SANTA FE, N.M. (KRQE) – A bike lane bill from state lawmakers could require cities to consider making for more space separating cyclists and other road traffic when reworking city roadways. The proposal also calls for millions of dollars in support of what are called “protected bike lanes.”
Sponsored by Rep. Dayan Hochman-Vigil (D-Abq.) and Sen. Elizabeth “Liz” Stefanics (D-Bernalillo, Lincoln, San Miguel, Santa Fe, Torrance & Valencia) are sponsoring House Bill 408. It calls for New Mexico cities with over 10,000 people to work toward installing permanent barriers between bikes and cars “when a roadway improvement is made within the limits of a municipality.” Attached to the bill is $5 million in funding for the work.
“It’s really part of a shift in the zeitgeist,” bill co-sponsor Hochman-Vigil explained to the House Transportation and Public Works Committee on Tuesday, February 28. The idea is to “start considering all modalities of travel.” I.e. the idea is to start making cities like Albuquerque less car-centric, Hochman-Vigil said.
Technically, the bill would force the state’s Department of Transportation to review municipal roadway improvements in each state transportation district to see if protected, or “buffered” bike lanes can be installed. A buffered bike lane could have physical barriers, like plastic posts, or non-physical barriers, like road paint, to separate bikes and cars. The bill also details several exemptions to the requirement.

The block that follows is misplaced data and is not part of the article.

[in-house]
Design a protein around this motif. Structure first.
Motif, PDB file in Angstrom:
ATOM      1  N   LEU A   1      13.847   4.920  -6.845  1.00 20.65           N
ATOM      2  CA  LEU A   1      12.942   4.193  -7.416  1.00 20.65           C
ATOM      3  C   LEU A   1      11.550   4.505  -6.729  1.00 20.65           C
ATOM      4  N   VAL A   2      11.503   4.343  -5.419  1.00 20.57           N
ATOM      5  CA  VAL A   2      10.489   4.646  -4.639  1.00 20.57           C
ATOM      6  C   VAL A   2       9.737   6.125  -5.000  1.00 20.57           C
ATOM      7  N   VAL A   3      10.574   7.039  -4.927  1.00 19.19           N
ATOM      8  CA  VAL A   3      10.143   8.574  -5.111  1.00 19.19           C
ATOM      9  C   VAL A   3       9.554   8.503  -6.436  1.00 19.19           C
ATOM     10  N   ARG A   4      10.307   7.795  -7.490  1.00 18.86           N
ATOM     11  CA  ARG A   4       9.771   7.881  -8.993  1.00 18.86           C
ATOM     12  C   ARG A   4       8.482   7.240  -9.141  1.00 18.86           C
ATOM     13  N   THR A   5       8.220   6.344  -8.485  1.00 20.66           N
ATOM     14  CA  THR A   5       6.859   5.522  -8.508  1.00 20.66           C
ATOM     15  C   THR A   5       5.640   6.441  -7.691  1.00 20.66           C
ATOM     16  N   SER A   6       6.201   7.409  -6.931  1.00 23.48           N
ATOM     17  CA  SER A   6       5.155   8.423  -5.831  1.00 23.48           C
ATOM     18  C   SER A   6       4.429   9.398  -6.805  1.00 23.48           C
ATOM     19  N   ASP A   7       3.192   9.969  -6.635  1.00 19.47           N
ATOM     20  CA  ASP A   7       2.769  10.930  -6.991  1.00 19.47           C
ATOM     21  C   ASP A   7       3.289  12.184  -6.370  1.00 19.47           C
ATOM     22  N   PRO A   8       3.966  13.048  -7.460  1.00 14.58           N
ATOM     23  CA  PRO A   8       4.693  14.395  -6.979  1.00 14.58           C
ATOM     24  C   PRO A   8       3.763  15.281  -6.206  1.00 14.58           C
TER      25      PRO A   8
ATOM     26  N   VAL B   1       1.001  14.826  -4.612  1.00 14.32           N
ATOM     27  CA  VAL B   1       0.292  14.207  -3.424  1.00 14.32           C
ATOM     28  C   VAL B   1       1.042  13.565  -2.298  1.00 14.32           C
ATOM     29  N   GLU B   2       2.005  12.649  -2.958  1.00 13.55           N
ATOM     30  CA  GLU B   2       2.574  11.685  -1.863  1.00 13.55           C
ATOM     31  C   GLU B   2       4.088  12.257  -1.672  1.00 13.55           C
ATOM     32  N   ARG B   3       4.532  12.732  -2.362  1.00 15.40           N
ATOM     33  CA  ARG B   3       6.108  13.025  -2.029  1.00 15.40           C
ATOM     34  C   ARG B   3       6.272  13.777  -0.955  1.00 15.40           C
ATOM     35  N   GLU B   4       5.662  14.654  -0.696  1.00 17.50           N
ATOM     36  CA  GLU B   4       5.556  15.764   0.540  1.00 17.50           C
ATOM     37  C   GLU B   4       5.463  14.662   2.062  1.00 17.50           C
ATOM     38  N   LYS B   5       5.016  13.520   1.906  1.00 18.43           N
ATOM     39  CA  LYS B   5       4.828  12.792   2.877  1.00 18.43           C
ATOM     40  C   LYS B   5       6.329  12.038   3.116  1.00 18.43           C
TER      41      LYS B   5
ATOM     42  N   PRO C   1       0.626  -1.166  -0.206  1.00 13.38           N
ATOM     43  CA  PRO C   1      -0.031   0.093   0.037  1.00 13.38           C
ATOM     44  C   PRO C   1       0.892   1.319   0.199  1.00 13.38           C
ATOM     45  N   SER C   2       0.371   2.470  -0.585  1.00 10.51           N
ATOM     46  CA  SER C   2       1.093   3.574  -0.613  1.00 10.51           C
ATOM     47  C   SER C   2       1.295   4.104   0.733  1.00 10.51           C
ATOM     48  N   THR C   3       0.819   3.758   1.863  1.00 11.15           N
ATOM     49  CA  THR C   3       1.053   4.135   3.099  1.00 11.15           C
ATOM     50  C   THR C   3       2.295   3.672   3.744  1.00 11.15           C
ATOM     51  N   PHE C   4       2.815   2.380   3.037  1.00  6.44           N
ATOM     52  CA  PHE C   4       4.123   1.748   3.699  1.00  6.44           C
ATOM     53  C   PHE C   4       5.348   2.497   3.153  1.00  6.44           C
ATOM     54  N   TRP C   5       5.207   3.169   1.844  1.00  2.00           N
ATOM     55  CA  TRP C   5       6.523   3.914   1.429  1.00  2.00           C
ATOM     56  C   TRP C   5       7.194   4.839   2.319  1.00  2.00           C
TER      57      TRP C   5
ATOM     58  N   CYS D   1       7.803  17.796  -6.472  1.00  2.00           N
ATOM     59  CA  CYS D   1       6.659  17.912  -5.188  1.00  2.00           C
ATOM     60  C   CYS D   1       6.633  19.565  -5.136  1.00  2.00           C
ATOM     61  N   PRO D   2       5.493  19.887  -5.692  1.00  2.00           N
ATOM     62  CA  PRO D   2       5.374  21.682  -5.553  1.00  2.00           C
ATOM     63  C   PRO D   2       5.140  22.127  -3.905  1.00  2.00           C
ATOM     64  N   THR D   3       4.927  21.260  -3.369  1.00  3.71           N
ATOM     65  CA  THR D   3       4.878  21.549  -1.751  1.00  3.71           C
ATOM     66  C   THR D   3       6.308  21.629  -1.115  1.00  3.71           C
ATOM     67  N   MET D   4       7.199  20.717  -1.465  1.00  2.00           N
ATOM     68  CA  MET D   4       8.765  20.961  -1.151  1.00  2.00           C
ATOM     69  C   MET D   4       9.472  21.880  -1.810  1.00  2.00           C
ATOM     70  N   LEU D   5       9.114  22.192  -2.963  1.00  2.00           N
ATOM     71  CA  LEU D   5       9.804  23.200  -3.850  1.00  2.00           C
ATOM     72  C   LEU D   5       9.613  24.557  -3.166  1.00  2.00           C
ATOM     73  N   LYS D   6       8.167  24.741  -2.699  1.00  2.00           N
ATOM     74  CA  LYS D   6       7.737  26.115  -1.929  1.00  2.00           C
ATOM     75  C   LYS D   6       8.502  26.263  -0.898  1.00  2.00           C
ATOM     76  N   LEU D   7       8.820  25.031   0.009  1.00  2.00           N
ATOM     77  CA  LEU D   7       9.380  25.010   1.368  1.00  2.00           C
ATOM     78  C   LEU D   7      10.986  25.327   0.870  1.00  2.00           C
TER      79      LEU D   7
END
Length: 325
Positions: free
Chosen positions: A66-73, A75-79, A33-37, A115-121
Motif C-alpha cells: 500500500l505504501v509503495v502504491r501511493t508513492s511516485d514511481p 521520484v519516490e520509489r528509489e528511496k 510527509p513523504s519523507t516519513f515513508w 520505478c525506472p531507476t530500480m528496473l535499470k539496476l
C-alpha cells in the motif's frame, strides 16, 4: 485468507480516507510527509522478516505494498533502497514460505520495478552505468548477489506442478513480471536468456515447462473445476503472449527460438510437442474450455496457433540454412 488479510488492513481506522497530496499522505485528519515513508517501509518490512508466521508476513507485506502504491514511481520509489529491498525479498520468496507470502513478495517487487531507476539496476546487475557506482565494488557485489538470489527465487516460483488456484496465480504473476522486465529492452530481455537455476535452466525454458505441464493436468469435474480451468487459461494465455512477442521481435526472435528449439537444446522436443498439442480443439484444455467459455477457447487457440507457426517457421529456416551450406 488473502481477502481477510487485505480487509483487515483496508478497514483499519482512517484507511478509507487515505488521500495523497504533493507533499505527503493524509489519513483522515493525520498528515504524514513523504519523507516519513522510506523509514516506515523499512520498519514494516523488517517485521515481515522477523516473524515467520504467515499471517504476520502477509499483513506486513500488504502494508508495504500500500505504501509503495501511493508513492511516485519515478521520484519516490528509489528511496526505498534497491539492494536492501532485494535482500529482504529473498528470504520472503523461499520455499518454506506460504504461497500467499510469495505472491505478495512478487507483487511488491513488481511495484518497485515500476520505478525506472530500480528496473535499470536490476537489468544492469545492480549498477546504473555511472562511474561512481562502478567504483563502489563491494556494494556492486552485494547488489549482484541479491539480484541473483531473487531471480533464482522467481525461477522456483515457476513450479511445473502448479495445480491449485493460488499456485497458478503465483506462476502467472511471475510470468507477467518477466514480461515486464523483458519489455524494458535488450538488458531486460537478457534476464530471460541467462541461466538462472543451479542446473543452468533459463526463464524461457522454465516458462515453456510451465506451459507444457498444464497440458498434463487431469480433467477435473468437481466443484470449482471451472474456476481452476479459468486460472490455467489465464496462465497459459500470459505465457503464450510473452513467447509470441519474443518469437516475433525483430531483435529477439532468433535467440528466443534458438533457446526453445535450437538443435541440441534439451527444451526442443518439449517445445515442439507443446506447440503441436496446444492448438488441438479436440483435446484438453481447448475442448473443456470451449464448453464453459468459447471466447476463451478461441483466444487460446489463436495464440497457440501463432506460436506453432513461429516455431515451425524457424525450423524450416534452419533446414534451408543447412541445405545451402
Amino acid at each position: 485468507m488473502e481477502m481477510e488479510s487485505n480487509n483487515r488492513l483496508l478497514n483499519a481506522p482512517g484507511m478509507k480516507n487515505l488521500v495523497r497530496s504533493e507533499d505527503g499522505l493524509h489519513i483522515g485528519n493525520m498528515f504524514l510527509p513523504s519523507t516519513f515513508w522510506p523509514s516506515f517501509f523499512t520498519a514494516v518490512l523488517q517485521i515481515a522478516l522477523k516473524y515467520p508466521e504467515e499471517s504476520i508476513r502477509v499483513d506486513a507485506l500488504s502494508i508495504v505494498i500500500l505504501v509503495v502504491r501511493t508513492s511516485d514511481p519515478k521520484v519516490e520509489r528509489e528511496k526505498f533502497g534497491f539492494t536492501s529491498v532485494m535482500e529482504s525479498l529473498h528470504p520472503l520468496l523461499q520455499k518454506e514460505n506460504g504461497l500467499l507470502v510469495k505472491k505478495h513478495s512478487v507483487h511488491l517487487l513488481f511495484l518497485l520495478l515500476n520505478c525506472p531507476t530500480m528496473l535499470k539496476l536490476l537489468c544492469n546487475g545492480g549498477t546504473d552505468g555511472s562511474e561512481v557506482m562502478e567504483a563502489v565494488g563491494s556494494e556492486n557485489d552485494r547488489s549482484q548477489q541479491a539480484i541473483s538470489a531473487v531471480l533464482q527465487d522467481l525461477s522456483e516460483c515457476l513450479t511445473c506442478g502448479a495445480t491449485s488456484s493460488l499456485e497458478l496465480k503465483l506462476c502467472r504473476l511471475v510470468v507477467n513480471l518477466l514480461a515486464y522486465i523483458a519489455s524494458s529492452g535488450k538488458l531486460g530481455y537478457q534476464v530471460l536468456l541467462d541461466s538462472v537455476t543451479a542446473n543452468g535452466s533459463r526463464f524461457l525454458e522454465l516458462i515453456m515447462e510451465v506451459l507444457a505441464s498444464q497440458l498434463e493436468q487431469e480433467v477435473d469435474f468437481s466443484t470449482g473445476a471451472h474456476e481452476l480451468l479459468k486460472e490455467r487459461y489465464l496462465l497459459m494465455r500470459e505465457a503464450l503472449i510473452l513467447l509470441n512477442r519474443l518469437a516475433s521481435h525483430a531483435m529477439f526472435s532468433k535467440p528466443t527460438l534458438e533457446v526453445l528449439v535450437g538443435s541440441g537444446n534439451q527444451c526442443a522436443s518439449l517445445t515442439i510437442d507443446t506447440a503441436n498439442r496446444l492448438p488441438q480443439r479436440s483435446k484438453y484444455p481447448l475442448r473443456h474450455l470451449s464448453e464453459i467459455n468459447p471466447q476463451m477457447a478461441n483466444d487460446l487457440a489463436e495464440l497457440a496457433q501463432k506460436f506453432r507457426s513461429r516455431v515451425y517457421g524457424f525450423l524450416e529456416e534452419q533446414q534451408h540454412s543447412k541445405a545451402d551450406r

Supporters told the committee that the bill could help New Mexico become more environmentally friendly as it would invite more people to bike rather than drive cars. They also say it could make biking safer in places like Santa Fe and Albuquerque.
“It’s pretty easy to protect our bike lanes. It’s not rocket science. It’s traffic science,” said, Susan Hering who told the committee they lost their loved one to a vehicle crash while bicycling. “This bill is not yet perfect. It’s a start though.”
Legislators in the committee expressed support for the bill, but wanted more clarification on the details. For example, there’s still work to be done to decide exactly which parts of the state the bill might apply to.
After discussion, Hochman-Vigil decided to pause the bill in order to work out more of the details before the next legislative session. If the bill continues to move forward next session, Hochman-Vigil said the funding for bike lanes could also come from the federal government.